Re: RARA-AVIS: The Police Procedural in the '50s

From: Ed Lynskey (
Date: 30 Jan 2003


All best for your mother's surgery. Quick question: What do you think of the "new" Dragnet series coming to TV? Will it measure up to the original Webb?

Ed Lynskey

--- JIM DOHERTY <> wrote:
> As I mentioned last month, the trend to presenting law
> enforcement as accurately as possible starts to pick
> up in the '40s with novels like Treat's V AS IN
> VICTIM, movies like THE NAKED CITY, stage plays like
> DETECTIVE STORY, and radio shows like DRAGNET.
> In the '50s, with DRAGNET simultaneously the most
> popular drama on both radio and TV, and one of the
> top-grossing films of all time, the trend starts to
> build into a wave, and there begins to be a widespread
> perception that this "semi-documentary" approach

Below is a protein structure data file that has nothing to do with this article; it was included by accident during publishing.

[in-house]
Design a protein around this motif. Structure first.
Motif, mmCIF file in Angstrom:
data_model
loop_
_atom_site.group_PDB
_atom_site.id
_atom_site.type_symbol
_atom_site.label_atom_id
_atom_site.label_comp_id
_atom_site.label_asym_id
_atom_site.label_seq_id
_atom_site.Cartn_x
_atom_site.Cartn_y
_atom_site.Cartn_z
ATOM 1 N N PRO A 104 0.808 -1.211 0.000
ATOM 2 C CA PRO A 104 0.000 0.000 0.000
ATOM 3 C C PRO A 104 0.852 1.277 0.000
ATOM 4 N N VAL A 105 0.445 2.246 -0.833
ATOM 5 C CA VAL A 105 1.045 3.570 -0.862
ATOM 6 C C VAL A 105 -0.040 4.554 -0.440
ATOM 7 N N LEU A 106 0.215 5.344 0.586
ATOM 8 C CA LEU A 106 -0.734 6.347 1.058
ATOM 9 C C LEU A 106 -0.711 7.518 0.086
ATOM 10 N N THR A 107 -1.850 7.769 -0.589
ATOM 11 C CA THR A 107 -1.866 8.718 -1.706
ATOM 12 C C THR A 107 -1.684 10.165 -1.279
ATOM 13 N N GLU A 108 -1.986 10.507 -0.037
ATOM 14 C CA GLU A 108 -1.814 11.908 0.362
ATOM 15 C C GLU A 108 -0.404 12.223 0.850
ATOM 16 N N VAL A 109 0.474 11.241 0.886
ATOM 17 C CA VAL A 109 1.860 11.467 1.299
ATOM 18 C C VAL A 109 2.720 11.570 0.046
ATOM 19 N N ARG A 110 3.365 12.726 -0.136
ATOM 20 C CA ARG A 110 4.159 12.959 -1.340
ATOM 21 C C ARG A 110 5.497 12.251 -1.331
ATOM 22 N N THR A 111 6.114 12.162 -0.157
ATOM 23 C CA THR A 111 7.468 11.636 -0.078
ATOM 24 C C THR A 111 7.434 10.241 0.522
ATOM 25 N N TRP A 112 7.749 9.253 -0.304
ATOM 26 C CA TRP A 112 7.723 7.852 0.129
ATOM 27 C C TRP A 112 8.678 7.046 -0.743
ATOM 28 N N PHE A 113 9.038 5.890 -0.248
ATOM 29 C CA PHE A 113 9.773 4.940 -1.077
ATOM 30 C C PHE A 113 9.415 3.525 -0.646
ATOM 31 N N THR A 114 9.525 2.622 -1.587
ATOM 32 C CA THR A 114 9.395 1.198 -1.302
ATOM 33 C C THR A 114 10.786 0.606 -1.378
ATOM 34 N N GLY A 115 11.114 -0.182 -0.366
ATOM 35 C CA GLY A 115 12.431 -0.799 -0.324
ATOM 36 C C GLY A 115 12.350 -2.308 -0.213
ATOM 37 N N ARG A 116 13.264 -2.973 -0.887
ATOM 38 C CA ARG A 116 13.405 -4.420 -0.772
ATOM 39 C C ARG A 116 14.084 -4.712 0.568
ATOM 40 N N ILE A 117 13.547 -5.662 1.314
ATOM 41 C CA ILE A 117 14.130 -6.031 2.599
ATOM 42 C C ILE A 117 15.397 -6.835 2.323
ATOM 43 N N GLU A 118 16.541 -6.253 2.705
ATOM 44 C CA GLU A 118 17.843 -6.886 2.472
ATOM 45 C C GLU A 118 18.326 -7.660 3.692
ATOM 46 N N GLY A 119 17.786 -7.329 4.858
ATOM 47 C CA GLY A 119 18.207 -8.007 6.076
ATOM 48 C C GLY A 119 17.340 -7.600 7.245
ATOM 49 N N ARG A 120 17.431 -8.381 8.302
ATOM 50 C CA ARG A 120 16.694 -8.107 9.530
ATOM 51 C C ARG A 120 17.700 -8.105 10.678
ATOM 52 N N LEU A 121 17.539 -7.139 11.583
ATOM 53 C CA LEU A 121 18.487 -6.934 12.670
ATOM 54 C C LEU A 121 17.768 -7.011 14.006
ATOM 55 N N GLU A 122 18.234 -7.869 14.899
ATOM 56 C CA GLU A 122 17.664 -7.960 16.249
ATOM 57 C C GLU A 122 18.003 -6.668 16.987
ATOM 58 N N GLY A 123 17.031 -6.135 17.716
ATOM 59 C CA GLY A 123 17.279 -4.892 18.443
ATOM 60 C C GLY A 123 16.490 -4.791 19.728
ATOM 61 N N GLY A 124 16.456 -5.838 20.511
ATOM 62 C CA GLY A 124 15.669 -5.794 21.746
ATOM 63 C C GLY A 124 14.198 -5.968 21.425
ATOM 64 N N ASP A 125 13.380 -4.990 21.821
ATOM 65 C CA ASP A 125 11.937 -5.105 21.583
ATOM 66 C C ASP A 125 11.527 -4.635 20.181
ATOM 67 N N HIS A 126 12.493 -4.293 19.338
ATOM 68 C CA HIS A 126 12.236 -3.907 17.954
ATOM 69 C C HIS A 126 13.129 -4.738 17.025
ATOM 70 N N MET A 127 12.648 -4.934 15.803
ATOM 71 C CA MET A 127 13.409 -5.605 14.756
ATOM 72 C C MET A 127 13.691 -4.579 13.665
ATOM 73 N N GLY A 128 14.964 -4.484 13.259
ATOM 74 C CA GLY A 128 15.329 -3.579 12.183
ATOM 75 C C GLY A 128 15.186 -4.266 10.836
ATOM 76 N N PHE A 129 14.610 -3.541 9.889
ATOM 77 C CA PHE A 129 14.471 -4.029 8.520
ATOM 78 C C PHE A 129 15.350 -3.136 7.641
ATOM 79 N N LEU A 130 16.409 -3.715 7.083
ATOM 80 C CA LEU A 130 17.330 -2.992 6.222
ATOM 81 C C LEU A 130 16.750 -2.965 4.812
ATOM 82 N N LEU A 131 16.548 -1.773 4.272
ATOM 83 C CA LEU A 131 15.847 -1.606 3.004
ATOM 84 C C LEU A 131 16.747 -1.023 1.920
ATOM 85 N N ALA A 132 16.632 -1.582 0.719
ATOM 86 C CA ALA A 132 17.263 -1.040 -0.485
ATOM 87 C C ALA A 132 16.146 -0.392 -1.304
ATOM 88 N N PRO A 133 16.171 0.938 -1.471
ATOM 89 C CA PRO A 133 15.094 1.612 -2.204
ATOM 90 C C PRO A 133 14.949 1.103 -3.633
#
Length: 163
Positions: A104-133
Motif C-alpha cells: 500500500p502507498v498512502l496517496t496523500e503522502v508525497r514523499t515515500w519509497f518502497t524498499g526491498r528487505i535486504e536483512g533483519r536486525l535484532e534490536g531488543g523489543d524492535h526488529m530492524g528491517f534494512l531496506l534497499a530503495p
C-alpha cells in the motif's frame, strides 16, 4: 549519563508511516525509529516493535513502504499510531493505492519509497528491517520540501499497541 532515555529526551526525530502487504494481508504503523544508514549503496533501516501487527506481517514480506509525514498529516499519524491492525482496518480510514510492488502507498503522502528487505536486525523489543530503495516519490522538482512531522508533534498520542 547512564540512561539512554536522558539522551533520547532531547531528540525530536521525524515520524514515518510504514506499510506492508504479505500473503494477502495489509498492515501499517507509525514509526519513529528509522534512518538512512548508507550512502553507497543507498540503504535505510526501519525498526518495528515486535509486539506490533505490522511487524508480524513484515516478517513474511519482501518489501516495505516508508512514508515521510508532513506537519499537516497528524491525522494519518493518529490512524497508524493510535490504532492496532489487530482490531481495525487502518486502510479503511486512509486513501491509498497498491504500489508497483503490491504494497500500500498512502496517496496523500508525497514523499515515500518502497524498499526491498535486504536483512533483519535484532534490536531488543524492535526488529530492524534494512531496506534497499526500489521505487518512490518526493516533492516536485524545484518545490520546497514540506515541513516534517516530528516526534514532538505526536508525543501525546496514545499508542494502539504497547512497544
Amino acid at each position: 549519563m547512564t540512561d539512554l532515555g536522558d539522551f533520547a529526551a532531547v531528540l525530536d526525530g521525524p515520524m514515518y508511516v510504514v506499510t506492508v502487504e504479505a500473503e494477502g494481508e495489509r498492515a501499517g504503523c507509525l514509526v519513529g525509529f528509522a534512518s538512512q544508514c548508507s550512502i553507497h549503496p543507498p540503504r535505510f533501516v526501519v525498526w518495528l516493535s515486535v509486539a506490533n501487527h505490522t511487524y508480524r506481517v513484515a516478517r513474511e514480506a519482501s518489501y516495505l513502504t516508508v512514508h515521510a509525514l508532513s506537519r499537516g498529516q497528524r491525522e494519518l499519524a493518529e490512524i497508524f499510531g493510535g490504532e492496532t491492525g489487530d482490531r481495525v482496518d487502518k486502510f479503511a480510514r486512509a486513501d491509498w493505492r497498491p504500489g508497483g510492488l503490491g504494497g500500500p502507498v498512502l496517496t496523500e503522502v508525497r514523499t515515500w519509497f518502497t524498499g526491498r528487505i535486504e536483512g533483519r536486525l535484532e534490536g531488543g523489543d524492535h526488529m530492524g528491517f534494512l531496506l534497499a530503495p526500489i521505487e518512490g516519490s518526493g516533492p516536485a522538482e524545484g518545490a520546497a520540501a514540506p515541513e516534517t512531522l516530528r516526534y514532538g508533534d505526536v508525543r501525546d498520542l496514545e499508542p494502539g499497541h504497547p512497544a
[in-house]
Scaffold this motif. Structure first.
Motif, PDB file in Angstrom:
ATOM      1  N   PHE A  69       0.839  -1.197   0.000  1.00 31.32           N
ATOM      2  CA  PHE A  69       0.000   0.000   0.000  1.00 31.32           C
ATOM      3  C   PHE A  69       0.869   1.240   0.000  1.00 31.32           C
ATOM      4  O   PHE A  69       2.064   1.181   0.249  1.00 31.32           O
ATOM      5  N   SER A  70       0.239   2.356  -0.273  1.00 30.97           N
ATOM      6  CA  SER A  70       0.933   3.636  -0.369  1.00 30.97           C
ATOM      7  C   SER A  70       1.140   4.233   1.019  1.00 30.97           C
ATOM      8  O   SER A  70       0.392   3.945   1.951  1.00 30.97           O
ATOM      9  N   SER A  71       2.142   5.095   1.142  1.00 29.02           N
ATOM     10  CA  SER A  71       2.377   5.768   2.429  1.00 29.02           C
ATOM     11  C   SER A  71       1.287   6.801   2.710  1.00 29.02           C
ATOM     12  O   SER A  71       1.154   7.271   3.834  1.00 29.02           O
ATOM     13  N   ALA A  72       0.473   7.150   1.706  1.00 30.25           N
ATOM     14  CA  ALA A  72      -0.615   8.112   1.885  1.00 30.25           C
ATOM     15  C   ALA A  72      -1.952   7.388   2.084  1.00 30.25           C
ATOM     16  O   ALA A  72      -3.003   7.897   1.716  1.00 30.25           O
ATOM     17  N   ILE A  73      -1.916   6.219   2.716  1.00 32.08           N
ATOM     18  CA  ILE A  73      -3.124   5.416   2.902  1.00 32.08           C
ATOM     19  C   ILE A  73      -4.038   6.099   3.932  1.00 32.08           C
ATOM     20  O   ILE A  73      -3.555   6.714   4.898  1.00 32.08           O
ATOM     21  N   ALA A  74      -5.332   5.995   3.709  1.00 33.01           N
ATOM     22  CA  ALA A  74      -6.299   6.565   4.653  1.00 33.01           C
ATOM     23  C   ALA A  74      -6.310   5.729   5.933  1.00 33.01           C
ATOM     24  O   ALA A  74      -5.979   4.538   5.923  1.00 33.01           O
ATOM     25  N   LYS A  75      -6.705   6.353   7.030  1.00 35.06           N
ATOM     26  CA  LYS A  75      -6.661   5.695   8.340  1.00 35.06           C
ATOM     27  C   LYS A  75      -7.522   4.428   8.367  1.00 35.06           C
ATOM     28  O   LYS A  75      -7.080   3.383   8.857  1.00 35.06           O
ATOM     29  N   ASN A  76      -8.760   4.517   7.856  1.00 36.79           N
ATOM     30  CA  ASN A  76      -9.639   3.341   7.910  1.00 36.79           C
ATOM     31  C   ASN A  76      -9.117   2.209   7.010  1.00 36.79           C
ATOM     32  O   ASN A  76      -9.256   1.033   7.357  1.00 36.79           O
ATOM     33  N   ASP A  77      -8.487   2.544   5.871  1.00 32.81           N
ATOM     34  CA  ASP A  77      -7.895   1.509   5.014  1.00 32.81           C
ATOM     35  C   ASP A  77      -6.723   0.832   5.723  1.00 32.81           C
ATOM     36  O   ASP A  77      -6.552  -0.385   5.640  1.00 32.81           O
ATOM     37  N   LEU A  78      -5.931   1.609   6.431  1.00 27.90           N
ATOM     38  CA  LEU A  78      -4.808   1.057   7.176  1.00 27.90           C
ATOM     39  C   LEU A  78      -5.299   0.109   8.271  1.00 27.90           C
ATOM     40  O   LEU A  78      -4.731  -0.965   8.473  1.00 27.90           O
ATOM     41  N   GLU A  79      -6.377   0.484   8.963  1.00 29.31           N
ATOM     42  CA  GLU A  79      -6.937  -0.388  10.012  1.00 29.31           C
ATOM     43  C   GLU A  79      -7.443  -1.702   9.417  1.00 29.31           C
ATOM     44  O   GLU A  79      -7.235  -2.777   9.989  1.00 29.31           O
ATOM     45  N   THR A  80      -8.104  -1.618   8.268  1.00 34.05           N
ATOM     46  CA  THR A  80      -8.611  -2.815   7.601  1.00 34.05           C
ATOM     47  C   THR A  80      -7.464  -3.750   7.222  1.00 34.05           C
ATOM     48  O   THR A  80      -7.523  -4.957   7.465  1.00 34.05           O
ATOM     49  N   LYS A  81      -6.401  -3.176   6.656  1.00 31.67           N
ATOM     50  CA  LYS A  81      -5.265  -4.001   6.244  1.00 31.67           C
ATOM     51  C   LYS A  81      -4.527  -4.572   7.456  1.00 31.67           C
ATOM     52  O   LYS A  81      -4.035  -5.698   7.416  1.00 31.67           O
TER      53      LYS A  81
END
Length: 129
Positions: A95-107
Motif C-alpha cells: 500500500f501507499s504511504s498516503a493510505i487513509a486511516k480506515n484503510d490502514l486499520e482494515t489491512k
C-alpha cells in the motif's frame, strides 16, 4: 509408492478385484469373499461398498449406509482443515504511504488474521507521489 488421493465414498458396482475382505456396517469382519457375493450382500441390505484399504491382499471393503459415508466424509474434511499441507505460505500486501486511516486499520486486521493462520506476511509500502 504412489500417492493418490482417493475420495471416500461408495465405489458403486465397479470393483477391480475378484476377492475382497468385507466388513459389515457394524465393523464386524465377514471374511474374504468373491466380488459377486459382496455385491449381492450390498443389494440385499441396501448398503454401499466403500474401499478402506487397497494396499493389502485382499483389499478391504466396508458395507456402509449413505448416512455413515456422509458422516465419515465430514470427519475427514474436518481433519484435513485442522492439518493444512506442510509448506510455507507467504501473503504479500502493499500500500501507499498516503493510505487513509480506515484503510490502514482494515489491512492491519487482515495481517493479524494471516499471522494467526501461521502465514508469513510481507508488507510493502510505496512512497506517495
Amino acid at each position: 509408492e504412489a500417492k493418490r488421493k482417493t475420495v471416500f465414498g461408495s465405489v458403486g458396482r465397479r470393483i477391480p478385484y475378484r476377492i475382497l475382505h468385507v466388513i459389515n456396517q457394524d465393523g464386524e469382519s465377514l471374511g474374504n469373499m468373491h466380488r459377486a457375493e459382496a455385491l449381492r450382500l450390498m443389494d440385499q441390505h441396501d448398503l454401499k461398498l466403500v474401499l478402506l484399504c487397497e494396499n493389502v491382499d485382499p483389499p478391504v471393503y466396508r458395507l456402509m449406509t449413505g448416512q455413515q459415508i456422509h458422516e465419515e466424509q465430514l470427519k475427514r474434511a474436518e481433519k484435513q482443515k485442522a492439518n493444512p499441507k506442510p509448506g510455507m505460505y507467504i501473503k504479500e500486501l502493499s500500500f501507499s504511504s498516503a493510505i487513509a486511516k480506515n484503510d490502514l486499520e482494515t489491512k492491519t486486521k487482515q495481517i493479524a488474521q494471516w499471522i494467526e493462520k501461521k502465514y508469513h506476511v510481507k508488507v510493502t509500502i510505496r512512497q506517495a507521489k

> represents a new "school" or sub-genre of mystery
> fiction.
> Writers like Ed McBain and John Creasey (as J.J.
> Marric), frankly admitting to being influenced by
> DRAGNET, start long-running series about cop
> characters, basing the "police routine on established
> investigatory technique," to use McBain's phrase.
> Writers who have been known for completely different
> kinds of mysteries, like Frederic Brown in THE LENIENT
> BEAST, Herbert Brean in A MATTER OF FACT, and Doris
> Miles Disney in BLACK MAIL, try their hand at the new
> form.
> In his 1956 "end of the year" column for the N.Y. TIME
> BOOK REVIEW, mystery critic Anthony Boucher talks
> about this approach at length, citing DRAGNET as both
> the exemplar and the root source of the trend, and
> coins the term "police procedural" to describe it.
> The police procedural has arrived.
> P.S.
> Mom's twice-postponed surgery is, hopefully, finally
> taking place tomorrow, 30 Jan. Good thoughts and
> prayers during this day in particular would be
> especially appreciated.
> Thanks again for all the support.
> JIM D.


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